There have been contradictory trends in migration policies in advanced countries since the 1990s: states have actively recruited desirable immigrants while they continued to deter and exclude unwanted migrants. The case of Japanese state not only represents this trend, but also shows a profoundly paradoxical case in the sense that it officially negated incorporation of “immigrants” consistently though it has built up multiple channels of transnational labor supply for their urgent needs. It is particularly so because Japan has maintained the divergent policies in the middle of well-known demographic crisis with aging population.
These bifurcated policies can be understood partially by the growing role of “migration industry” in the neoliberal era as recent research showed. However, simultaneous development of migration control machines and building migration pipelines urges us to make a further conceptual breakthrough. This paper introduces the concept of “rent-seeking” activities of stake holders of migration policies to explain persistent gaps between rigid state control of labor flows and active opening of diverse gates for supply of necessary labor by state initiatives. Emerging neo-liberal elites are seeking extra profit through institutional framework which creates oligopolistic market structure by new side door policies such as National Strategic Special Zones for domestic workers and most recent new visa for middle skilled workers. This analysis of rent-seeking of contemporary migrant policies will open fresh eyes on contemporary immigration policies in different national contexts.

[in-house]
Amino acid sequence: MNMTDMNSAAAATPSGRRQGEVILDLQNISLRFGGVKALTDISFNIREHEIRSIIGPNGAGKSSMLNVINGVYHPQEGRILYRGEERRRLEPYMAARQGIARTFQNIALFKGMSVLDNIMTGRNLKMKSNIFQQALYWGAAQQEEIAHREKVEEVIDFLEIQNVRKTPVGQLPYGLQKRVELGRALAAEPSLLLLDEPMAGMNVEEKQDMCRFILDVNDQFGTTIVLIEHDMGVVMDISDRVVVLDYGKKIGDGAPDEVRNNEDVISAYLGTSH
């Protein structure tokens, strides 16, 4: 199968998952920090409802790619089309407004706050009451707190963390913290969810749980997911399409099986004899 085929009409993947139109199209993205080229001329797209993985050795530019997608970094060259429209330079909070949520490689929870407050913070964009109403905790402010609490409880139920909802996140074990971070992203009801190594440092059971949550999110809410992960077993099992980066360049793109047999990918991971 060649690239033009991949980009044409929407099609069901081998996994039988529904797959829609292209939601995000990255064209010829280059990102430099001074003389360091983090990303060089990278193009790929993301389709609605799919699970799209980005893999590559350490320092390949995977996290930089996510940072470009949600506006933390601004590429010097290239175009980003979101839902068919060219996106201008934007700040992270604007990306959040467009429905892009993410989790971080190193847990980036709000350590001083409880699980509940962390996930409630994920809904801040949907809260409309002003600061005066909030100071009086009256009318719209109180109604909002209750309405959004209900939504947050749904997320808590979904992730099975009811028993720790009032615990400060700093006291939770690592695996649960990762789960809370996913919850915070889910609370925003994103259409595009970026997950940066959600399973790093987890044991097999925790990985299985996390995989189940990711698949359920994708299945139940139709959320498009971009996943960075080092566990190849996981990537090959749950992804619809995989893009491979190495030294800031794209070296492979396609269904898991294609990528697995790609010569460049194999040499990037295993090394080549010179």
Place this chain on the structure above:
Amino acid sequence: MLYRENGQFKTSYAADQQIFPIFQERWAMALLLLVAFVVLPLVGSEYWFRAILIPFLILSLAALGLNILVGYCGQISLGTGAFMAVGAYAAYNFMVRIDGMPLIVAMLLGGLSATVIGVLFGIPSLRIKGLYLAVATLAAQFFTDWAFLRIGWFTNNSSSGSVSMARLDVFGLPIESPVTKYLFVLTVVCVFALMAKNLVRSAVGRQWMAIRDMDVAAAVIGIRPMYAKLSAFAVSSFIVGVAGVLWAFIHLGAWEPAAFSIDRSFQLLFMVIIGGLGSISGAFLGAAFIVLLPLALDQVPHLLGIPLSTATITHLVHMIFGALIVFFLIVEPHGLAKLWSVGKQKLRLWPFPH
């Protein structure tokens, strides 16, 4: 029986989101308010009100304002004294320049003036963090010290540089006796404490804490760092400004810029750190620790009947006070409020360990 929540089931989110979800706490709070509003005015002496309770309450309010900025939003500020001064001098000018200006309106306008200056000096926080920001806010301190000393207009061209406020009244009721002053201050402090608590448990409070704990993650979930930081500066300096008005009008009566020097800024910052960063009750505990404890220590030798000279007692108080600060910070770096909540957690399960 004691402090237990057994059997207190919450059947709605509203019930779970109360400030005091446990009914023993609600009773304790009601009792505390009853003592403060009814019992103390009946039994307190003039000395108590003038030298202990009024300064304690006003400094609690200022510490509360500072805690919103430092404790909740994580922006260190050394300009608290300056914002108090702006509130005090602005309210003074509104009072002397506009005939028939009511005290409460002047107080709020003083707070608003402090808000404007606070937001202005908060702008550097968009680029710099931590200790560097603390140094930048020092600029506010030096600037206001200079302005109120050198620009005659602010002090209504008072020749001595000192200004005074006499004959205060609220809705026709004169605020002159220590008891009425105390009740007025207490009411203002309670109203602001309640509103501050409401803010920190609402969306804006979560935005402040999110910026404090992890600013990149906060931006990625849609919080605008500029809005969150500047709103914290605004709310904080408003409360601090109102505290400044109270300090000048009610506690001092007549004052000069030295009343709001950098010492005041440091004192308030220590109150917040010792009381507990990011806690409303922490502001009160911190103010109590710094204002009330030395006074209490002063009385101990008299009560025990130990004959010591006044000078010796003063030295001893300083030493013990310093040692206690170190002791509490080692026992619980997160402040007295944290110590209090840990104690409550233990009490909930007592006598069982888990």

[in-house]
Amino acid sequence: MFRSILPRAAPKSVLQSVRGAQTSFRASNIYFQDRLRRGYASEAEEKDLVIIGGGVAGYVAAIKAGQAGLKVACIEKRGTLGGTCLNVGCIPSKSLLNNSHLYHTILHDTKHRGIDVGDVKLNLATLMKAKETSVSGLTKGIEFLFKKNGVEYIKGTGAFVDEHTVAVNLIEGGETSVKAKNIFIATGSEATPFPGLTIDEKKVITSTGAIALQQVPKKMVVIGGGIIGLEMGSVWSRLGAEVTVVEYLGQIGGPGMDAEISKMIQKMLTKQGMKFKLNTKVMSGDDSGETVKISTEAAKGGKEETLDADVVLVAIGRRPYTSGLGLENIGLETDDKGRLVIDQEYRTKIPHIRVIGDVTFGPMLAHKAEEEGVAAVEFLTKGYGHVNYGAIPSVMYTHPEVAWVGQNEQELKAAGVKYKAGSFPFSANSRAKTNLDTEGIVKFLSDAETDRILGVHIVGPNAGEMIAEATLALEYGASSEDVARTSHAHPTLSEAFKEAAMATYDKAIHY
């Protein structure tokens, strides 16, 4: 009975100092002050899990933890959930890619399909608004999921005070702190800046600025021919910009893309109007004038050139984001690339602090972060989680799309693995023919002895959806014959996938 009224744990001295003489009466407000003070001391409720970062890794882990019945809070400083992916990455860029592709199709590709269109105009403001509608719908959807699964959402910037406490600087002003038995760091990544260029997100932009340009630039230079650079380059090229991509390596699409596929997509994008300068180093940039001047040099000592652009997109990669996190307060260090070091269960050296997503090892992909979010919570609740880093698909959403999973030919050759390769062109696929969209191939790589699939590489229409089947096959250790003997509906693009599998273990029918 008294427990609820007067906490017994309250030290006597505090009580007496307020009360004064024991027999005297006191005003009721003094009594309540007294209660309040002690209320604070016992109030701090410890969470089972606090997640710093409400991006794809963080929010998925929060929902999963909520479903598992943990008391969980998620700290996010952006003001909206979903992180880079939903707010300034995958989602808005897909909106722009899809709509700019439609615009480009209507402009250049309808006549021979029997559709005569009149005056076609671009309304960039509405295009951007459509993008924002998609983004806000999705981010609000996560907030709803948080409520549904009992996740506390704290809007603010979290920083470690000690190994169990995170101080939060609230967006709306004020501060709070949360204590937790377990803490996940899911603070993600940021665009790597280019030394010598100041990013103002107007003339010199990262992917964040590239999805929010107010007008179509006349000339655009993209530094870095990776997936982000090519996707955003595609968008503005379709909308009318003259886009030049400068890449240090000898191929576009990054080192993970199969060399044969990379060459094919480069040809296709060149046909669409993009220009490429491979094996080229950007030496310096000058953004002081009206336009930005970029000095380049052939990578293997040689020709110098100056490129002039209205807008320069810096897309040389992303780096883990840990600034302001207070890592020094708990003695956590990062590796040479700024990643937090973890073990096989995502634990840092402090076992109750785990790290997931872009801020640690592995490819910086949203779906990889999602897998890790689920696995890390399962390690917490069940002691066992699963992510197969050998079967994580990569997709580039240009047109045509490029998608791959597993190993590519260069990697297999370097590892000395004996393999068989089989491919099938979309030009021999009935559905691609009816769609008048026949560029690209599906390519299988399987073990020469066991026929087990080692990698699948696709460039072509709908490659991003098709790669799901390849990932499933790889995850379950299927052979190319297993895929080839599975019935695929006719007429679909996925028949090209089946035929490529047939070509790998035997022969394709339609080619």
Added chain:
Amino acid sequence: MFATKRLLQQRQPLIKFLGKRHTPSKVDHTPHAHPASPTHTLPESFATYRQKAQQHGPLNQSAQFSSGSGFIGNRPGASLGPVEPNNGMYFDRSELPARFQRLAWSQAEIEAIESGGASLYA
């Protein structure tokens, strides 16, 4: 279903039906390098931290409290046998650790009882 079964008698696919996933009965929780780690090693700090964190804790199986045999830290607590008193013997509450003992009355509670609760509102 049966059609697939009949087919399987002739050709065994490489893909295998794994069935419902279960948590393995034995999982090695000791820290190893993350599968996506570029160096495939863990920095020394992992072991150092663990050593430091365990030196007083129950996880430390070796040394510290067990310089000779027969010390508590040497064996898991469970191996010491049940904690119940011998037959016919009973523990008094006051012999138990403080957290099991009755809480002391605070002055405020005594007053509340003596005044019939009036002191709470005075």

- Number: 6
- Year: 2022
- DOI: 10.36852/2695-4427_2022_06.14